Each node accumulates a log of change records, as illustrated schematically in
Each node maintains a local abstract clock (e.g., clock 122 in
Preferably, each node also maintains a list of all source nodes together with, for each of the source nodes, a largest value of that node's abstract clock values as indicated in all change records received from that node. Similarly, the largest value of the time from each node can also be maintained. For diagnostic purposes, this information can be inspected to determine that convergence of the distributed database has occurred, i.e., by checking to see whether the largest clock values in the lists on all nodes are the same.
Although the nodes communicate their database changes with each other, each node makes autonomous decisions on how to modify its local copy of the database. In other words, although changes to the database at any node take into account changes made at other nodes, they do not require negotiation with the other nodes. Thus, autonomous in this context means that each node independently decides how to apply changes to its local copy of the database using information about how other nodes have applied changes to their local copies of the database, but without requiring inter-node negotiations or mutual agreements between nodes regarding how specific conflicts between local changes and changes at other nodes should be resolved. (Of course, nodes do share a set of predetermined rules that govern how conflicts in general should be resolved. These rules are predetermined in advance of database changes and normally remain fixed.)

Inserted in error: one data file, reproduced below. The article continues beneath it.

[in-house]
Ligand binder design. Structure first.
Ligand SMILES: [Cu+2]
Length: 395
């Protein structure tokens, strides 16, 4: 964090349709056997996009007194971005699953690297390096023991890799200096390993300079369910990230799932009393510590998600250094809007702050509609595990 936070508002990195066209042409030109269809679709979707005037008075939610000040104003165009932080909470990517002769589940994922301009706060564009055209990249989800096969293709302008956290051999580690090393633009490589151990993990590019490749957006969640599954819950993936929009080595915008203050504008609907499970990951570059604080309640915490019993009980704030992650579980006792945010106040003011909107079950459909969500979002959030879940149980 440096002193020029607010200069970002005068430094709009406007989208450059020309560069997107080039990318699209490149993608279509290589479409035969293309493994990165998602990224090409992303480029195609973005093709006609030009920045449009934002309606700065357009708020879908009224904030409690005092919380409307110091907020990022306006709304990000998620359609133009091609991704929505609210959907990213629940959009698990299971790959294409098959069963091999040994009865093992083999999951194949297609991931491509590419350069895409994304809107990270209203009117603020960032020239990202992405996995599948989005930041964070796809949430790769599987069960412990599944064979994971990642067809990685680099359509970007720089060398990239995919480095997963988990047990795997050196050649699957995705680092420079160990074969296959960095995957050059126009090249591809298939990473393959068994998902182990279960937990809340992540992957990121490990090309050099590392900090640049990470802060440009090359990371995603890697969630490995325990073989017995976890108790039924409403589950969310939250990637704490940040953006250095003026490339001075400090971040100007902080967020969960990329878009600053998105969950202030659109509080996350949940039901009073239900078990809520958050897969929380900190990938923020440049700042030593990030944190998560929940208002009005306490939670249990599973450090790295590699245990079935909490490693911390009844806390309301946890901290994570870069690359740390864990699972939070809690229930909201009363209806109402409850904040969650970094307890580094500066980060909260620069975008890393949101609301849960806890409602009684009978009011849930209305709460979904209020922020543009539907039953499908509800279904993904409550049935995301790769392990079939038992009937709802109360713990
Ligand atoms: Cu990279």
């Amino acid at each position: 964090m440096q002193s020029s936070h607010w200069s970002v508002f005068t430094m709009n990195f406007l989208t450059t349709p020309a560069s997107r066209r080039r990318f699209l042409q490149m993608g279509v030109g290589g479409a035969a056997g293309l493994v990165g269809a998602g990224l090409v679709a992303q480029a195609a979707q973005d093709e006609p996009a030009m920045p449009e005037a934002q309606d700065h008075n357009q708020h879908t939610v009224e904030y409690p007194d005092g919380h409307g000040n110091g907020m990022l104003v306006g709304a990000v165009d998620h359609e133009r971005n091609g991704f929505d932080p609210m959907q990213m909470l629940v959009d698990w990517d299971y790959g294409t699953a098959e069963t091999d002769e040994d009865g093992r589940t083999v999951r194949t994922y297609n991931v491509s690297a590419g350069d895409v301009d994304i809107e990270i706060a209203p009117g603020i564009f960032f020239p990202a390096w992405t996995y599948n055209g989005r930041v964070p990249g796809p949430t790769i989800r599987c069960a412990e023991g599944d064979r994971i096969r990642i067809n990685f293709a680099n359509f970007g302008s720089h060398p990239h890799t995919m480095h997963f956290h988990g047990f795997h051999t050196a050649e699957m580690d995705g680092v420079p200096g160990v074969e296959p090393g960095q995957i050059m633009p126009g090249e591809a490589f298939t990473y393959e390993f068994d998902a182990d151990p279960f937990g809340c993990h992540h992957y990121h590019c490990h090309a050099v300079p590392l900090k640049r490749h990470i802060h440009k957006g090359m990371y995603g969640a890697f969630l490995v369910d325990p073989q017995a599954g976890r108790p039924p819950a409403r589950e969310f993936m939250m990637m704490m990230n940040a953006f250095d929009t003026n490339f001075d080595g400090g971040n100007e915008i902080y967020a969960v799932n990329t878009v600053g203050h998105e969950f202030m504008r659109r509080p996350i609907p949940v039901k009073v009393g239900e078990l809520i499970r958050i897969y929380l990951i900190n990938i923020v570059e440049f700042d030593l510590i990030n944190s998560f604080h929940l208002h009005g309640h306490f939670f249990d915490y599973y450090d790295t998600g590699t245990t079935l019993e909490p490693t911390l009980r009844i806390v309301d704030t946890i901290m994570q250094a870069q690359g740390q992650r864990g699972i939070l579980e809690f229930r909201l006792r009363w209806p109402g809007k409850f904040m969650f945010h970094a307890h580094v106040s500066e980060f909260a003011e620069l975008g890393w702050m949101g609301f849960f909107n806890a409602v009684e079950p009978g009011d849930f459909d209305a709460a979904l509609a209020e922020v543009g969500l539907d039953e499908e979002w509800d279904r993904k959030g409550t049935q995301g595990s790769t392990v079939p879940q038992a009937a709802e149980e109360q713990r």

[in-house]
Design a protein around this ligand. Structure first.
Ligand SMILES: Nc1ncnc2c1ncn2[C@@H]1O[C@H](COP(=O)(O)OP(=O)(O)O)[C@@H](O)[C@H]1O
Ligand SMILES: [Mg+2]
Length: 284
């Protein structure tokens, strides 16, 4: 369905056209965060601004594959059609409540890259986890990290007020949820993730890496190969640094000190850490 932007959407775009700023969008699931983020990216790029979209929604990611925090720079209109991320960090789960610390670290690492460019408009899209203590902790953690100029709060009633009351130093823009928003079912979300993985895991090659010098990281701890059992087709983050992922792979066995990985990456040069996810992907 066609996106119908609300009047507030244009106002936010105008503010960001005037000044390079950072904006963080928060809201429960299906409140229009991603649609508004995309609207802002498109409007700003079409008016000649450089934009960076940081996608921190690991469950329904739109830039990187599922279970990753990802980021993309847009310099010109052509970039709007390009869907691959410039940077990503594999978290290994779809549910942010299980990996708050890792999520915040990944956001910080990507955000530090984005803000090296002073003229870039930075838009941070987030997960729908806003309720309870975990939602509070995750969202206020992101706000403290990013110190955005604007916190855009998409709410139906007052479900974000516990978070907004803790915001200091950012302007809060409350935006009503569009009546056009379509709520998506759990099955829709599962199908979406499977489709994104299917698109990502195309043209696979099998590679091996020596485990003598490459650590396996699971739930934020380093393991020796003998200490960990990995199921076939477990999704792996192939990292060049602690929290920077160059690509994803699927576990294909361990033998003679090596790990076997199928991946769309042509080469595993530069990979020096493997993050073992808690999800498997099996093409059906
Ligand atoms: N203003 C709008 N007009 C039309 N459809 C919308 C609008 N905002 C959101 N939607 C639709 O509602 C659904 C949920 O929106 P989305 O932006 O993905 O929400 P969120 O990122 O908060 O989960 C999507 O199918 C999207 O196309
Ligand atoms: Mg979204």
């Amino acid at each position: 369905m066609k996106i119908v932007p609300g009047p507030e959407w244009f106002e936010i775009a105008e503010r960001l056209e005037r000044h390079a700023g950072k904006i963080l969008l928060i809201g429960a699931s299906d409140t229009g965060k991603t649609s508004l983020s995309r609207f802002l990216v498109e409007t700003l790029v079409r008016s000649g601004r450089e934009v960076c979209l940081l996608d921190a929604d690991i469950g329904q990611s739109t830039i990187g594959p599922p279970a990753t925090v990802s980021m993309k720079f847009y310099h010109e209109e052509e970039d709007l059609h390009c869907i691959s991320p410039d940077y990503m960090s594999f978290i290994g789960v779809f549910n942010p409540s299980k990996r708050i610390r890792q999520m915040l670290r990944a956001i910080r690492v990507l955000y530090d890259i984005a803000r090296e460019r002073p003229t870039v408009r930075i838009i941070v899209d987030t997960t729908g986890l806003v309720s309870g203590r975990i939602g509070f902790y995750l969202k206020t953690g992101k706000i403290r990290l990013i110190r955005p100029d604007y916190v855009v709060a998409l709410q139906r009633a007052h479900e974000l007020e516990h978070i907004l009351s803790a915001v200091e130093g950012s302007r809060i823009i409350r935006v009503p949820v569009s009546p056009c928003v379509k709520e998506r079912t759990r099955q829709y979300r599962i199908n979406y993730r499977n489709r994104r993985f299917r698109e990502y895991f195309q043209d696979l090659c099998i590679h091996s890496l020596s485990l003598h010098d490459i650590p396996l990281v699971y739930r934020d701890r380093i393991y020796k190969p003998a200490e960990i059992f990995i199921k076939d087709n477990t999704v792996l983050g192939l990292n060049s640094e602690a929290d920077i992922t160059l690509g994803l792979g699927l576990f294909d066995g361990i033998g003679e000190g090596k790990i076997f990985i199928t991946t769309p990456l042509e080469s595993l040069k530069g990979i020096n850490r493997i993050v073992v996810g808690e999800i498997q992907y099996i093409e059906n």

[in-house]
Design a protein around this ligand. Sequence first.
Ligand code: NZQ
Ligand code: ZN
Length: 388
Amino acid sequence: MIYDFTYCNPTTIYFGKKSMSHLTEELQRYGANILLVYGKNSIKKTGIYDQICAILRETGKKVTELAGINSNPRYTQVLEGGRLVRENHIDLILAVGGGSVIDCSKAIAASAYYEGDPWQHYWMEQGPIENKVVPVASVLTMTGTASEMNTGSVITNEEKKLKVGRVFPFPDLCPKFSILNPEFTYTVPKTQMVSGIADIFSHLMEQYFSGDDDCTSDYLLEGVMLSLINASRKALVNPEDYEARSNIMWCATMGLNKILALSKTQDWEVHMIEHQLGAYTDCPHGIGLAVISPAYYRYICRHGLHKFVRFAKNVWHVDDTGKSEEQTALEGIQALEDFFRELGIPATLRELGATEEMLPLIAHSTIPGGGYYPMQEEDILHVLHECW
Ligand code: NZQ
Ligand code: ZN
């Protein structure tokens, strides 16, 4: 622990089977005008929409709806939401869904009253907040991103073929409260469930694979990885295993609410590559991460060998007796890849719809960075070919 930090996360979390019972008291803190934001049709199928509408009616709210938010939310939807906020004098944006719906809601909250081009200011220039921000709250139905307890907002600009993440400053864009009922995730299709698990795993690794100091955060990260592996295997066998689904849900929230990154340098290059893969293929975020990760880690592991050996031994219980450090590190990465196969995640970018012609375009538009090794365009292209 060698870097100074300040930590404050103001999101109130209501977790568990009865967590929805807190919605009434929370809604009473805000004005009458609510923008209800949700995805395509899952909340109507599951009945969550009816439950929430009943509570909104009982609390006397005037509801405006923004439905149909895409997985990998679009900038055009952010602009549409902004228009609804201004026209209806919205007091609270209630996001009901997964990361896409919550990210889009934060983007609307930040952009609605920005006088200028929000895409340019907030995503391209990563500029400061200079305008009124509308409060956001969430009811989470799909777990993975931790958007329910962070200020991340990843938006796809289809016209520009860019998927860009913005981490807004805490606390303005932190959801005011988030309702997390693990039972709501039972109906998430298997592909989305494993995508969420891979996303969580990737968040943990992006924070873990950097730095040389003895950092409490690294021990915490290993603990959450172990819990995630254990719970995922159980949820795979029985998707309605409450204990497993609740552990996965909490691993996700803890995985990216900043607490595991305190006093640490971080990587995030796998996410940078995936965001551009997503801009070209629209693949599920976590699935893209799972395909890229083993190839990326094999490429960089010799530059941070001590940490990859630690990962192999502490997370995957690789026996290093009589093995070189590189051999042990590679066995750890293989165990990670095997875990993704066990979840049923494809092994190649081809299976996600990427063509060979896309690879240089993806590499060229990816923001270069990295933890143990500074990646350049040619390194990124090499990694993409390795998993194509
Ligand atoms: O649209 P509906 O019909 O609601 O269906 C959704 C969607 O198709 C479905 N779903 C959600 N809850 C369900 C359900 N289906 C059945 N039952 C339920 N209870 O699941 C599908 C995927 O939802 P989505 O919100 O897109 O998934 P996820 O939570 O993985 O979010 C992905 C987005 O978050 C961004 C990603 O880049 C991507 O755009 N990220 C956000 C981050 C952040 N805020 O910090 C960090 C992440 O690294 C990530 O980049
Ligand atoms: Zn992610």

According to this replication technique, for each source node, all new change records received from that source node are considered sequentially in order of their source node abstract clock values. Each change record is considered by a technique called qualified folding. According to this technique, it is determined whether there is a collision (i.e., conflict) between the change described by the change record and the local copy of the database. If no collision is detected, then the change may be directly applied to the local copy of the database. If a collision is detected, a persistent result is selected by sequentially scanning through the log of change records to identify a winning value, which is then applied to the local copy of the database. For efficiency, in some embodiments the system could scan in reverse from a current point to find a match of primary key, changed column original value, original version number, change source node, change source abstract clock, and change source timestamp. This would eliminate a lot of rows that need to be processed.